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Curaçao Government Introduces New Gambling Watchdog to Initiate Gambling Industry Changes

Curaçao – a destination that has been known for its liberal gambling and casino laws – has unveiled an intention to change some aspects of gambling regulation, as local authorities are planning to initiate a complete overhaul of the sector and introduce a new watchdog for the industry.

As announced by the Government, Curaçao’s Council of Ministers has given its approval to a bill that is set to fully overhaul the local gambling industry. The implementation of the new regulations would see the country form a new, independent gambling watchdog that is set to be called the Curaçao Gaming Authority (CGA). This new regulatory body is set to issue licenses to business-to-business (B2B) and business-to-customer (B2C) companies, and since the local Government plans to boost its revenue derived from the gambling sector, the operating permits will come with fees.

The Caribbean island’s authorities further revealed that the existing sub-licenses are set to be integrated into the new system. So, their holders will receive 12 months to convert their sub-licenses into transitional licenses. The Government of Curaçao has already started the process of registration of all eligible sub-licenses that will be converted as part of the move.

Apart from overseeing and licensing the Curaçao gambling industry, the new independent gambling regulatory body will be given the opportunity to enter agreements with other watchdogs. The former CEO of the Malta Gaming Authority (MGA), Mario Galea, who is also a consultant for the examination process of the Caribbean island country, commented that these types of agreements are not uncommon in Europe, as local regulatory bodies are willing to prevent companies from targeting certain jurisdictions.

As confirmed by Mr. Galea, the new gambling regulatory body will also be given the power to revoke licenses in case companies are not in line with the industry standards.

Several Licensing Fees to Apply, Along with Stricter AML Measures on Gambling Companies

As mentioned above, a number of fees are set to apply in the licensing process. According to the consultant of Curaçao gambling industry overhaul, the operating permit application fee will be around $4,000. Also, operators will have to pay a $250 monthly regulatory fee, as well as an annual license fee of $12,000.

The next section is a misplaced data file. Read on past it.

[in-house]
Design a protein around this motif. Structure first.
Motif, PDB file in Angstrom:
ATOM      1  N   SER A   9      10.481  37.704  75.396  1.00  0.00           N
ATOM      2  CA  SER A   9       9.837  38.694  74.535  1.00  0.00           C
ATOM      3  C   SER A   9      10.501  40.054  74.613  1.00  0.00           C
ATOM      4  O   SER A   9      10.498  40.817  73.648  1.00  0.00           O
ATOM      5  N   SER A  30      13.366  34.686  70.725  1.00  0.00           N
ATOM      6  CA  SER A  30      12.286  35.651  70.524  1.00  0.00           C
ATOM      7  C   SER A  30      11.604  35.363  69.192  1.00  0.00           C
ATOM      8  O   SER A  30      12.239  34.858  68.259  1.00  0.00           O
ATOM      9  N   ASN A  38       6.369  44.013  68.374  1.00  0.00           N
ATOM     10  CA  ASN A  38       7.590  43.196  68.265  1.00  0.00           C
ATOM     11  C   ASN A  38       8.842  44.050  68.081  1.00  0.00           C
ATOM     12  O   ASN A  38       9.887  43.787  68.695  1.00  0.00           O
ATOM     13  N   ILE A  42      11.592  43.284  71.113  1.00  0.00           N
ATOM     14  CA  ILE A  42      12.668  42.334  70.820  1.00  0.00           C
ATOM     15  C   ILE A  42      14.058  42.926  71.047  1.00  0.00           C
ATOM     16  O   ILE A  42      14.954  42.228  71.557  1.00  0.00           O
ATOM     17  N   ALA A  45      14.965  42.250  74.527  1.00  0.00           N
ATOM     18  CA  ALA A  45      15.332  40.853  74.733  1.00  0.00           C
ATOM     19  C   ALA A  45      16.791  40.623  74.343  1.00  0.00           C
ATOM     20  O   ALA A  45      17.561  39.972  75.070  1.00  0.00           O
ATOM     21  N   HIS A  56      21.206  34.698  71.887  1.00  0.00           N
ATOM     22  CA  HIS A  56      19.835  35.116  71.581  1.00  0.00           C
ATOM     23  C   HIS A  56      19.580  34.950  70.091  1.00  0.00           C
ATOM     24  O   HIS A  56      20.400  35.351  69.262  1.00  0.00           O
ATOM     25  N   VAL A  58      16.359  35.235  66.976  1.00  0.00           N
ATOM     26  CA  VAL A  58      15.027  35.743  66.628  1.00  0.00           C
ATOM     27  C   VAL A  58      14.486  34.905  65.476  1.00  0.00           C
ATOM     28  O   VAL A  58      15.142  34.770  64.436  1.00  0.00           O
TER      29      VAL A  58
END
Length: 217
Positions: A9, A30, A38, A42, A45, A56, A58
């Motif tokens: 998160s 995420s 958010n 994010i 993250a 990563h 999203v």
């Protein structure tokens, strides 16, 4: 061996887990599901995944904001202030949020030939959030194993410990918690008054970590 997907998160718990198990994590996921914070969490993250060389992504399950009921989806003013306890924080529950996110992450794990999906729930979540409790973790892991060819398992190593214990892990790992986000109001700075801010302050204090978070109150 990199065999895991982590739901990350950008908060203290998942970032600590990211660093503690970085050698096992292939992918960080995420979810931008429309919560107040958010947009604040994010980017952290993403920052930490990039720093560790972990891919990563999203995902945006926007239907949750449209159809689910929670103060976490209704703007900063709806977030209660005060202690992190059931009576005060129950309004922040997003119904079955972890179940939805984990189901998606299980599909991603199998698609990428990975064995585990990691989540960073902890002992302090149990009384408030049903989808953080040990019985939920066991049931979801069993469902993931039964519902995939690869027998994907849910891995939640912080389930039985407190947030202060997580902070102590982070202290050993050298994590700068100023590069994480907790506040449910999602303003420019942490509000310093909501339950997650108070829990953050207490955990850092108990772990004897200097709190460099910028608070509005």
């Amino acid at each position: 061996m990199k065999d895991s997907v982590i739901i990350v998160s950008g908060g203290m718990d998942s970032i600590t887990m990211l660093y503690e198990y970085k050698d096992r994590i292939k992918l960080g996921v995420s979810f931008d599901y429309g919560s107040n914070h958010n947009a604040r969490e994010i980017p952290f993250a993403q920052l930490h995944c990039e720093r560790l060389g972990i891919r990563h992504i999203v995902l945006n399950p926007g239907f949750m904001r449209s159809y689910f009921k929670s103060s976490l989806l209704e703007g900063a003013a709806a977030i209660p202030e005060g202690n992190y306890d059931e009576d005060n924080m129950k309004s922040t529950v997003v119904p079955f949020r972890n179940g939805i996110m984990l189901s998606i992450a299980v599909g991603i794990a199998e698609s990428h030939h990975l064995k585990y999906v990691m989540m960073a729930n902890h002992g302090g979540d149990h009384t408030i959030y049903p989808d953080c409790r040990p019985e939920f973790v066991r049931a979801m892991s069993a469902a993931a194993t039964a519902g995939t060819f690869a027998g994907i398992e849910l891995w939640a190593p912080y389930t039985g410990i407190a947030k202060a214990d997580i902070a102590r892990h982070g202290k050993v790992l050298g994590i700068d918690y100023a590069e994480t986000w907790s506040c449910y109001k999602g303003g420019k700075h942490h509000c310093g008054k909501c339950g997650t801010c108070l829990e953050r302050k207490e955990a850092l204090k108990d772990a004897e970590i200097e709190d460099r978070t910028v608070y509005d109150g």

Stricter measures are also set to apply. Under the new operating licenses, at least 3 employees, who are based on the island, will have to be put in key positions in the gambling company. Stricter anti-money laundering (AML) measures are also set to be implemented.

Javier Silvania, the finance minister of Curaçao, confirmed the planned overhaul, saying that the new bill will make sure that the monitoring process is controlled by the Caribbean island’s Government. Mr. Silvania shared that he was not concerned by the decision of some gambling companies to leave the country because Curaçao does not generate a lot of money from gambling operators. According to the country’s finance minister, a majority of the profit goes to master operating permits.

On the other hand, Mr. Silvania highlighted the fact that it is important for the Government to see companies that comply with the rules stay in the country. He further explained that it is important for the local Government to have operators that are established in the country and contribute to taxes, along with other businesses and industries, even if it is not much. Mr. Silvania said that having companies on paper without them contributing to the country’s coffers is not something that the authorities want.

The establishment of the new gambling regulatory body is expected to add a lot of legitimacy to the country’s gambling sector which has long been considered sketchy since it has been subject to lower standards than other much more regulated gambling markets around the world.

 Author: Harrison Young

Harrison Young is an experienced writer, who started his career almost 8 years ago. Prior to joining our team at CasinoGamesPro, he worked as an editor for a small magazine.